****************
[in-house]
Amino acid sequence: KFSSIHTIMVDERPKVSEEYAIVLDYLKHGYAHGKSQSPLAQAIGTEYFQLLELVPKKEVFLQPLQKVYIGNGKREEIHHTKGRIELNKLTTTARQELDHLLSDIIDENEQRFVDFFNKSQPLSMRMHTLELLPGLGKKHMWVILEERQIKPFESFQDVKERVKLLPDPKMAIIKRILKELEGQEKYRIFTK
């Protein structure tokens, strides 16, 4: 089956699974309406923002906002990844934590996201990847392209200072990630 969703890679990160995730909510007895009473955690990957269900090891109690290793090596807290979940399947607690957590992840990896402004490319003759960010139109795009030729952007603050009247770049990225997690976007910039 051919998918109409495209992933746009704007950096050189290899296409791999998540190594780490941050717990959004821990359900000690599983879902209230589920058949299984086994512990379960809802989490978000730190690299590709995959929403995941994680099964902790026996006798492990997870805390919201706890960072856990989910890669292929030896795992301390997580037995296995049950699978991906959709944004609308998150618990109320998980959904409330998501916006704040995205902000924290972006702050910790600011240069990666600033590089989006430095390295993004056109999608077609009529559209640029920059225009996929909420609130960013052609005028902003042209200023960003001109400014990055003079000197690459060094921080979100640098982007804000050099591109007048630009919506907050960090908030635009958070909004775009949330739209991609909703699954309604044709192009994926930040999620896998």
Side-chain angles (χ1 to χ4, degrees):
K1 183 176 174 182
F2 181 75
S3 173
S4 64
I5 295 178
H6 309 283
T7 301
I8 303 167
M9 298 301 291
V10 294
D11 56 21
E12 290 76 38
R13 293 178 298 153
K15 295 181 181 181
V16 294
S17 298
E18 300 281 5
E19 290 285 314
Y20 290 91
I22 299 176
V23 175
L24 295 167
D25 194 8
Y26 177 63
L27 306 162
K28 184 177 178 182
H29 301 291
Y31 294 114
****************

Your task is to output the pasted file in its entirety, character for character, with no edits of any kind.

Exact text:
[in-house]
Amino acid sequence: KFSSIHTIMVDERPKVSEEYAIVLDYLKHGYAHGKSQSPLAQAIGTEYFQLLELVPKKEVFLQPLQKVYIGNGKREEIHHTKGRIELNKLTTTARQELDHLLSDIIDENEQRFVDFFNKSQPLSMRMHTLELLPGLGKKHMWVILEERQIKPFESFQDVKERVKLLPDPKMAIIKRILKELEGQEKYRIFTK
């Protein structure tokens, strides 16, 4: 089956699974309406923002906002990844934590996201990847392209200072990630 969703890679990160995730909510007895009473955690990957269900090891109690290793090596807290979940399947607690957590992840990896402004490319003759960010139109795009030729952007603050009247770049990225997690976007910039 051919998918109409495209992933746009704007950096050189290899296409791999998540190594780490941050717990959004821990359900000690599983879902209230589920058949299984086994512990379960809802989490978000730190690299590709995959929403995941994680099964902790026996006798492990997870805390919201706890960072856990989910890669292929030896795992301390997580037995296995049950699978991906959709944004609308998150618990109320998980959904409330998501916006704040995205902000924290972006702050910790600011240069990666600033590089989006430095390295993004056109999608077609009529559209640029920059225009996929909420609130960013052609005028902003042209200023960003001109400014990055003079000197690459060094921080979100640098982007804000050099591109007048630009919506907050960090908030635009958070909004775009949330739209991609909703699954309604044709192009994926930040999620896998």
Side-chain angles (χ1 to χ4, degrees):
K1 183 176 174 182
F2 181 75
S3 173
S4 64
I5 295 178
H6 309 283
T7 301
I8 303 167
M9 298 301 291
V10 294
D11 56 21
E12 290 76 38
R13 293 178 298 153
K15 295 181 181 181
V16 294
S17 298
E18 300 281 5
E19 290 285 314
Y20 290 91
I22 299 176
V23 175
L24 295 167
D25 194 8
Y26 177 63
L27 306 162
K28 184 177 178 182
H29 301 291
Y31 294 114